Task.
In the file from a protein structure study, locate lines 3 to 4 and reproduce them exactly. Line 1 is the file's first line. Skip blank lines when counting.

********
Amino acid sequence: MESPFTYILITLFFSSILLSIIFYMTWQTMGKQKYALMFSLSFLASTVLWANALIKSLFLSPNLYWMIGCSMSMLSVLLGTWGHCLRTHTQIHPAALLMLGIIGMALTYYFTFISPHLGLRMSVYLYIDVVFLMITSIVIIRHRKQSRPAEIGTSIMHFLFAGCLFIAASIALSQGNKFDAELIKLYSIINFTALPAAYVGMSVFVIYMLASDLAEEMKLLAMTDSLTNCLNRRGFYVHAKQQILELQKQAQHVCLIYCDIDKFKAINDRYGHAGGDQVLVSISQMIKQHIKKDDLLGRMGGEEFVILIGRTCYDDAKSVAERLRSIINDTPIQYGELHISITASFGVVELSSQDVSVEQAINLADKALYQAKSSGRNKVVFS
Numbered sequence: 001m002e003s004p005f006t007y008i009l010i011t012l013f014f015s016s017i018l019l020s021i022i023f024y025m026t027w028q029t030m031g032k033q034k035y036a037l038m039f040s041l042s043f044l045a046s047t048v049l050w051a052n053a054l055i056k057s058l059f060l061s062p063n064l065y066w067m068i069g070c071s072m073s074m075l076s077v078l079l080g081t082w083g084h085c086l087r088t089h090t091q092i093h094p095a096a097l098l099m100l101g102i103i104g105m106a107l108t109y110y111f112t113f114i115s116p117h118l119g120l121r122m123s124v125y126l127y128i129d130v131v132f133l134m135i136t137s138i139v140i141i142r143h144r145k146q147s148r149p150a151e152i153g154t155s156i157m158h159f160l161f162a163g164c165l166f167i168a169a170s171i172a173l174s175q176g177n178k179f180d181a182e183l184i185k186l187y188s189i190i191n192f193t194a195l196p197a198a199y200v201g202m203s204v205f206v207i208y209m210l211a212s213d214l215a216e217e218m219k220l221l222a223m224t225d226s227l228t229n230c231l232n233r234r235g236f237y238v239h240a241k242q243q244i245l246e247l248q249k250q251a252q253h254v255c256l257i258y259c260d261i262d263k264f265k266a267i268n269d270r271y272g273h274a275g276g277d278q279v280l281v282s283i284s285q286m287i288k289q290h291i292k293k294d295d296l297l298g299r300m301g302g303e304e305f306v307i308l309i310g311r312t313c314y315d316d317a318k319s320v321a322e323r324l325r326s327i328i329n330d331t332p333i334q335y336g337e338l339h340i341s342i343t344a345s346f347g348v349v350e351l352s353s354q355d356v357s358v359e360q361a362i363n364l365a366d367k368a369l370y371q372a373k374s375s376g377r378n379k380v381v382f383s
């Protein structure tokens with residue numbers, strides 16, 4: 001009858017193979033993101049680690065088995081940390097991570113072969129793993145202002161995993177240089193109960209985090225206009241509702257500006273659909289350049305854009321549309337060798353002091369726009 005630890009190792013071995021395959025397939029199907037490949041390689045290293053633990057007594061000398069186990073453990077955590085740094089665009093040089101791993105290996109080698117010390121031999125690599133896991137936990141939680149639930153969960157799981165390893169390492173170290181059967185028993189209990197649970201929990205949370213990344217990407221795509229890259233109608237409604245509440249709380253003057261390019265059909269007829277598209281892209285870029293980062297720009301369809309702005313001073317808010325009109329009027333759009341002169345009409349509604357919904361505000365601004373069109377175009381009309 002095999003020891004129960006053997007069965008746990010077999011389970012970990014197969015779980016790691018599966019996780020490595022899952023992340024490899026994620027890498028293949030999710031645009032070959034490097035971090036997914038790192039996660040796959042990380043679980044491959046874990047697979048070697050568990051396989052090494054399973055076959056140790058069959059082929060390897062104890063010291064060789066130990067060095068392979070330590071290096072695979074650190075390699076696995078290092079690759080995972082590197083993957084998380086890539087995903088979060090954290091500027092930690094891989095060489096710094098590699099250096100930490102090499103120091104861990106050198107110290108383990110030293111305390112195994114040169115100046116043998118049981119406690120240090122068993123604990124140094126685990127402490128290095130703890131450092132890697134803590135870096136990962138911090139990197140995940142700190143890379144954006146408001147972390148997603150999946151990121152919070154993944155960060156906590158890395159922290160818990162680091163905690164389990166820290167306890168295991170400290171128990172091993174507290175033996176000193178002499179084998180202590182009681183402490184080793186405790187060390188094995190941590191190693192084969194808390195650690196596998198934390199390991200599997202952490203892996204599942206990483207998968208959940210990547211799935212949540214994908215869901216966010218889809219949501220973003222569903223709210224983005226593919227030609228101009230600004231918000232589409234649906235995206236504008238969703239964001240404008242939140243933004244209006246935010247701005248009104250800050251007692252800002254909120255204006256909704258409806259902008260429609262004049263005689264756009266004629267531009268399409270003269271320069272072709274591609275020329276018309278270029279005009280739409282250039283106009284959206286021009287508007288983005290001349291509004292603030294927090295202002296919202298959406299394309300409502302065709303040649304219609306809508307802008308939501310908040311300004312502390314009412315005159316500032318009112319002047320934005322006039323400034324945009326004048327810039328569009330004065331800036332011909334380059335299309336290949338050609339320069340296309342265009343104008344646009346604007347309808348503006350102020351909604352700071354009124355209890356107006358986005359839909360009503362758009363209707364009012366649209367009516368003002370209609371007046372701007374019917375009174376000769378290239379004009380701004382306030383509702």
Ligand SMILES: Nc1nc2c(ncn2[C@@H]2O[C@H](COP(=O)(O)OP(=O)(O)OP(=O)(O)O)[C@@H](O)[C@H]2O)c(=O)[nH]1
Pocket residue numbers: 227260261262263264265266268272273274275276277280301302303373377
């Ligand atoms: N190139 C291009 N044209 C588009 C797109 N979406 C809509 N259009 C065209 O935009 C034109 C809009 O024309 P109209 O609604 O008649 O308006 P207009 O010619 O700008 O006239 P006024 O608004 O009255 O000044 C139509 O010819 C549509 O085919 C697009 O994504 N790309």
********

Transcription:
């Protein structure tokens with residue numbers, strides 16, 4: 001009858017193979033993101049680690065088995081940390097991570113072969129793993145202002161995993177240089193109960209985090225206009241509702257500006273659909289350049305854009321549309337060798353002091369726009 005630890009190792013071995021395959025397939029199907037490949041390689045290293053633990057007594061000398069186990073453990077955590085740094089665009093040089101791993105290996109080698117010390121031999125690599133896991137936990141939680149639930153969960157799981165390893169390492173170290181059967185028993189209990197649970201929990205949370213990344217990407221795509229890259233109608237409604245509440249709380253003057261390019265059909269007829277598209281892209285870029293980062297720009301369809309702005313001073317808010325009109329009027333759009341002169345009409349509604357919904361505000365601004373069109377175009381009309 002095999003020891004129960006053997007069965008746990010077999011389970012970990014197969015779980016790691018599966019996780020490595022899952023992340024490899026994620027890498028293949030999710031645009032070959034490097035971090036997914038790192039996660040796959042990380043679980044491959046874990047697979048070697050568990051396989052090494054399973055076959056140790058069959059082929060390897062104890063010291064060789066130990067060095068392979070330590071290096072695979074650190075390699076696995078290092079690759080995972082590197083993957084998380086890539087995903088979060090954290091500027092930690094891989095060489096710094098590699099250096100930490102090499103120091104861990106050198107110290108383990110030293111305390112195994114040169115100046116043998118049981119406690120240090122068993123604990124140094126685990127402490128290095130703890131450092132890697134803590135870096136990962138911090139990197140995940142700190143890379144954006146408001147972390148997603150999946151990121152919070154993944155960060156906590158890395159922290160818990162680091163905690164389990166820290167306890168295991170400290171128990172091993174507290175033996176000193178002499179084998180202590182009681183402490184080793186405790187060390188094995190941590191190693192084969194808390195650690196596998198934390199390991200599997202952490203892996204599942206990483207998968208959940210990547211799935212949540214994908215869901216966010218889809219949501220973003222569903223709210224983005226593919227030609228101009230600004231918000232589409234649906235995206236504008238969703239964001240404008242939140243933004244209006246935010247701005248009104250800050251007692252800002254909120255204006256909704258409806259902008260429609262004049263005689264756009266004629267531009268399409270003269271320069272072709274591609275020329276018309278270029279005009280739409282250039283106009284959206286021009287508007288983005290001349291509004292603030294927090295202002296919202298959406299394309300409502302065709303040649304219609306809508307802008308939501310908040311300004312502390314009412315005159316500032318009112319002047320934005322006039323400034324945009326004048327810039328569009330004065331800036332011909334380059335299309336290949338050609339320069340296309342265009343104008344646009346604007347309808348503006350102020351909604352700071354009124355209890356107006358986005359839909360009503362758009363209707364009012366649209367009516368003002370209609371007046372701007374019917375009174376000769378290239379004009380701004382306030383509702």
Ligand SMILES: Nc1nc2c(ncn2[C@@H]2O[C@H](COP(=O)(O)OP(=O)(O)OP(=O)(O)O)[C@@H](O)[C@H]2O)c(=O)[nH]1